Phoenix Rising is delighted to support the demands being made in the ME/CFS community’s first-ever global day of protest …
Campaign platform #MEAction is organising a global day of protest for ME and CFS, with a campaign called “Millions Missing,” reflecting the millions of patients “missing from their careers, schools, social lives and families,” the millions of dollars “missing from research and clinical education funding that ME should be receiving” and the millions of doctors who are “missing out on proper training to diagnose and help patients manage this illness.”
The campaign quickly outgrew its original focus on the US capital and now includes patient-led protests on May 25th at US Department of Health and Human Services (HHS) offices in Washington DC, Dallas, San Francisco, Seattle and Boston, and the Centers for Disease Control and Prevention (CDC) offices in Atlanta.… Read More
Sasha announces a new resource of appropriate photos for ME/CFS media stories …
We’ve all seen them in the news stories about ME/CFS: the guy in a suit at the office, yawning; the beautiful woman sitting at her desk with her immaculate make-up and elegantly coiffed hair, hand to her head and looking slightly pained.
No! Not this beautifully groomed woman with a mildly troublesome sore throat!
But do pictures that illustrate ME/CFS by showing office workers suggest that this level of function is as bad as this condition gets?
For years, patients have been up in arms about this issue, and #MEAction recently started a great campaign for patients to contribute their own photos to the cause.… Read More
- Professor James Coyne
Sasha summarises Professor James Coyne’s recent no-holds-barred talk on the PACE trial and points you to the slides, video, audio and transcript.
Outspoken psychologist and professor of psychology James Coyne of the University of Pennsylvania blasted the PACE trial in a public talk in Edinburgh, Scotland, on 16 November, 2015.
The PACE trial was a £5 million UK trial of cognitive behavioural therapy (CBT) and graded exercise therapy (GET) for patients with chronic fatigue syndrome (CFS). Its authors claimed that the therapies were beneficial to patients, but its methods have been heavily criticised.
The slides from Professor Coyne’s talk have been viewed online over 8,000 times.… Read More
Clark Ellis brings us Part 1 of an interview with Dr. Lucinda Bateman, where she answered questions posed by the patient community …
The Institute of Medicine recently published its report into myalgic encephalomyelitis/chronic fatigue syndrome (ME/CFS). One of the committee members, Dr. Lucinda Bateman, graciously agreed to answer questions submitted by members of the patient community.
Questions were submitted on the Phoenix Rising forum and they can all be viewed here.
Questions have been arranged roughly by topic and will be published in two parts.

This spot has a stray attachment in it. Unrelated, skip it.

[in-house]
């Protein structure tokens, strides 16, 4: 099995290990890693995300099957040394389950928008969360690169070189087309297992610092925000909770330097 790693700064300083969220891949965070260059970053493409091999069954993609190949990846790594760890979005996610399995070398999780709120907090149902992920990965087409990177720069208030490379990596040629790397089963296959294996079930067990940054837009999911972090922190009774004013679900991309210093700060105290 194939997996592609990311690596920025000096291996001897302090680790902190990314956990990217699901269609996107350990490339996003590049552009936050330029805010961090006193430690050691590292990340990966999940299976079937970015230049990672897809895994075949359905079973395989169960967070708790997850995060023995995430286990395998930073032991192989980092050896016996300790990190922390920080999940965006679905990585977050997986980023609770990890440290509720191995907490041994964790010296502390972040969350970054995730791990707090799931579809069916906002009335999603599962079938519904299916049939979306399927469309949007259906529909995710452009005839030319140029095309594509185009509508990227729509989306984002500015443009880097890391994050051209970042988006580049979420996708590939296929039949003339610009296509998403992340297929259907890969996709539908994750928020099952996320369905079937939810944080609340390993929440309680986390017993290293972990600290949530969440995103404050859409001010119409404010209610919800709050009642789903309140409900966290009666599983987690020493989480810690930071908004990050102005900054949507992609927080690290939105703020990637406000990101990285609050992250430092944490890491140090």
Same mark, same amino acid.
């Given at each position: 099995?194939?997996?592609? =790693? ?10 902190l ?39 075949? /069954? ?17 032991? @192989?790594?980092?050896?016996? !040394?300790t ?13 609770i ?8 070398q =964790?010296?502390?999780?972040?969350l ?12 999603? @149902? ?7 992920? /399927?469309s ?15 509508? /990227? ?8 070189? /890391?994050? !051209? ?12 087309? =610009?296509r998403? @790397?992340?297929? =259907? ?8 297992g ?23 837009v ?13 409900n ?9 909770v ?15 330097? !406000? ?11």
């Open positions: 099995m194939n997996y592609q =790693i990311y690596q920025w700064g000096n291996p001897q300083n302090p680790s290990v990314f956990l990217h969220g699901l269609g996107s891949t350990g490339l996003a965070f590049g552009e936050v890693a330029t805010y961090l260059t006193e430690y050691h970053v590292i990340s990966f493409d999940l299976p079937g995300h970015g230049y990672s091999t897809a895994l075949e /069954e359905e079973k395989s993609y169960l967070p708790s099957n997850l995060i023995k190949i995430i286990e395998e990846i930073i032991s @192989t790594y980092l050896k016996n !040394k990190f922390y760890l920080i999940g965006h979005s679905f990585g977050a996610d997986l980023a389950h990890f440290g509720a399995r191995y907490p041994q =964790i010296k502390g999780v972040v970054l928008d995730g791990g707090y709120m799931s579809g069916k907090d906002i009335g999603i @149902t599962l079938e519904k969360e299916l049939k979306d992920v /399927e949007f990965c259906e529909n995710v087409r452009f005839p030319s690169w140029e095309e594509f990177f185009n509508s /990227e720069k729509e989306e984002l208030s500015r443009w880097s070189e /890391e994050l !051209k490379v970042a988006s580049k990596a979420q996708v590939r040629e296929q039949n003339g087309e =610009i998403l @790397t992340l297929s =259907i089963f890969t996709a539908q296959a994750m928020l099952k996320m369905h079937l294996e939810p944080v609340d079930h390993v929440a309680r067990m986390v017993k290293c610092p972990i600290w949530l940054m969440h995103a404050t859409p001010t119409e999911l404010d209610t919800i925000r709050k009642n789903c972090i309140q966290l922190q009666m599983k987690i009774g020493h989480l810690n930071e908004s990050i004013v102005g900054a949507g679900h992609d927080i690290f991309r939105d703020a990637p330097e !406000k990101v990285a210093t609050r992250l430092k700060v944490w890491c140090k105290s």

This part, the first, covers questions on the committee and IOM process, and the IOM’s diagnostic definition.… Read More
In our second article on how to react to the publication of the draft P2P report, Gabby Klein provides her view of why she and a large group of advocates and patients are continuing their protest of the government’s ongoing control and manipulation of our disease via their processes of the P2P and IOM.
In yesterday’s piece, Clark Ellis critiqued and praised elements in the draft report. Given the controversial nature of the report, Phoenix Rising is presenting both views in the interests of balance and representing the whole community…
“We are not crumbs! We must not accept crumbs!” – Larry Kramer
When I first read the draft report created by the panel for the P2P for ME/CFS, my first reaction was: They are throwing us crumbs — this is dangerous.… Read More
Persuasion Smith covers the bases on the misleading and disreputable name for our disease we’ve all been saddled with …
If there is one thing that is sure to get ME/CFS sufferers riled up, it is the name of our disease.
The very fact that two names are attached to each other, janus-like, almost as if mocking one another seems emblematic of all the controversy surrounding the illness.
If only we could just sort out the name, perhaps everything else would fall into place.
For how can anyone trust a condition with such a slippery, inconclusive title?
Dr. Derek Enlander suggested that we could re-name the illness ‘Ramsay’s disease’ in the grand tradition of calling diseases after the people who first documented them.… Read More
Jody Smith remembers the early days of the Phoenix Rising forums – and explains why she’s glad to be back…
I don’t know exactly when I stumbled upon Phoenix Rising. It was during a period of years now shrouded in a CFS fog, when I was mostly awake in the middle of the night, sleeping through much of the day.
I spent time on the computer as my body and brain allowed, searching for any information that might help me find out what was so desperately wrong with me.
Many sites taunted me by being too difficult for my crippled brain to comprehend.
… Read More
Dr. Reeves produced the five year plan for the CDC’s CFS research team. He was in his element. He seemed sincere and open; patients think of him as something of an ogre but you’d never get sight of that in his presentations. Kim McCleary later noted that he’s a master at the art of presentation. But one suspects that he’s masterful in the way that many government officials are. They’re always very nice but it’s often difficult to get a straight answer to a question.
The standard MO for dealing with an issue seems to be to give a history lesson.… Read More